Many writers have the bad habit of word repetition – that is, repeating words and phrases (guilty here).
Sometimes, we never realise how strong this subconscious trend is until we see the final, published product – or worse – until we receive the editor’s feedback.
Often, the repetition in our writing is so obvious that we wonder how on earth we missed it.
Discovering you unknowingly overuse certain words can be surprising, embarrassing and frustrating. What’s more, when you’re writing under pressure to meet a tight deadline, this aspect of editing can often get overlooked.
Include a “word repetition” edit
When I edit my own work, I traditionally focus on ensuring:
- sentences are grammatically correct
- writing is free of spelling errors
- sentences aren’t too long – I try and cull anything over 2 lines
- phrasing makes sense
- ideas flow logically
I’m now trying to remember to include a dedicated “word repetition” check. What this means is that I’ll study my writing for those words and phrases that are used excessively. I’ll then aim to replace them with alternate phrasing.
Identifying the key words you’re repeating
The easiest way to check which words you’re overusing is to simply copy your content and paste it into a tool like Word Counter. The results will show you the words you’ve used the most.
After you’ve identified these words, you can go back into your document and find all instances using the Find/Replace function.
I recently did this on a specialist project. I identified 15 words that were used more than 4 times. I went through the list, one by one, reading the sentences and thinking of ways I could rephrase the statements without any loss of meaning. If I needed help, I simply referred to a Thesaurus.
After doing this, I copied the edited text and pasted it AGAIN into the Word Counter tool. Because I was concerned that the words I’d replaced those common words would now be too prominent! And, I was right. So I went through and changed THOSE words until I felt the word repetition was at an acceptable limit.
How much word repetition is enough?
Personally, I think it’s acceptable to use a word or phrase around 2-4 times – any more than that and it starts to become pretty obvious. But this always depends on the subject matter. Sometimes you can – and need to – get away with overuse. For example, I’ve used “word” around 21 times in this article!
Which words are most overused in medical writing?
In my experience, word repetition is often dictated by the particular theme or subject matter of your article. It can be a challenge in medical writing to avoid using the same words when there are only so many ways you can describe a disease, symptom or medication, for example.
Finding alternate phrases for medical terminology
In health and medical writing, you need to be careful that the words and phrases you’re using are actually factually correct. Medical terminology is complex – particularly if you’re new to the field or don’t have a medical background.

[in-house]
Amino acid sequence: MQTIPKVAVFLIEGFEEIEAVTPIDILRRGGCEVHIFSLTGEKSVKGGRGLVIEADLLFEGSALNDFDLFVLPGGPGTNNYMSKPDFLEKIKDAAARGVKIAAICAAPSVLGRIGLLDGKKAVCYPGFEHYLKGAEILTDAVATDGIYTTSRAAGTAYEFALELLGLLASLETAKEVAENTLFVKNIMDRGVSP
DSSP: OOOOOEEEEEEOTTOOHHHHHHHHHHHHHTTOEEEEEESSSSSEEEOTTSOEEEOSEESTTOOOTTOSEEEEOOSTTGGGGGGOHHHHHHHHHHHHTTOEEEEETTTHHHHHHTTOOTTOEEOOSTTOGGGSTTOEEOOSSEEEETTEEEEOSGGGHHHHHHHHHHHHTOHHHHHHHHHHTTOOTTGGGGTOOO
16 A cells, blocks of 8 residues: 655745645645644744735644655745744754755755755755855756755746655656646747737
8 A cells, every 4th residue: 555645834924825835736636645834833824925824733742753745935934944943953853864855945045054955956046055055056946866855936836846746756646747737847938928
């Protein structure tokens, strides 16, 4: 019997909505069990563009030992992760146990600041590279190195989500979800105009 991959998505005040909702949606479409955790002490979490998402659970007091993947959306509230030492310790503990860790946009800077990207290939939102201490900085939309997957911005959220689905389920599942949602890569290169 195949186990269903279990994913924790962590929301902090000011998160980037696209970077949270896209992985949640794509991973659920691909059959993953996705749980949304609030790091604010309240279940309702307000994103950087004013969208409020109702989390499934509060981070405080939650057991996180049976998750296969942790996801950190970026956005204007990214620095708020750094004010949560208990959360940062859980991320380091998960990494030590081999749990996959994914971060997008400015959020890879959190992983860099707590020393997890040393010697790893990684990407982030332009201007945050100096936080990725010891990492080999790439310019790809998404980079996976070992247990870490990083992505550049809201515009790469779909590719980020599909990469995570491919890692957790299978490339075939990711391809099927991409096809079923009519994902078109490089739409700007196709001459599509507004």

You need to be particularly careful with this if you’re writing about research and clinical trials. Changing the phrasing can actually significantly alter the meaning of the result you’re reporting. Remember the fish oil and prostate cancer saga?
Word repetition and SEO
If you’re writing for search engines you might be thinking that avoiding word repetition goes against common SEO advice that using particular key words and phrases throughout your copy can help you to rank well.
If you have a target keyword like “cardiovascular disease statistics” it will become pretty obvious if you’re using this term more than a handful of times. Your writing will start to sound very mechanical. The good news is that Google is smart enough to recognise variations of your key phrase term as well as the original term.
For example, if you perform a Google search for “cardiovascular disease statistics” you’ll see that the first two results have actually bolded “CVD prevalence” and “heart disease statistics” – meaning that Google has identified these topics as most relevant to my search for “cardiovascular disease statistics”.
Ultimately, Google favours naturally-written, high-quality content that’s original and adds value to a topic. So if you make the effort to write a very good article about cardiovascular disease statistics, you’re giving yourself the best chance of ranking well for that topic – providing you adhere to the other best-practice principles of SEO and writing for the web, too:
- use your key phrase or variations in the article URL, title tags, heading, some sub headings and your image alt tags
- include several links to other pages on your website
- link to high authority external websites
- use short sentences, format your copy so it’s easy to read
- ensure the rest of your website is SEO-friendly
- if you use WordPress, install the Yoast plugin – it makes SEO easy for non-technical people
Do you have any tips for avoiding word repetition? Which words do you tend to use the most?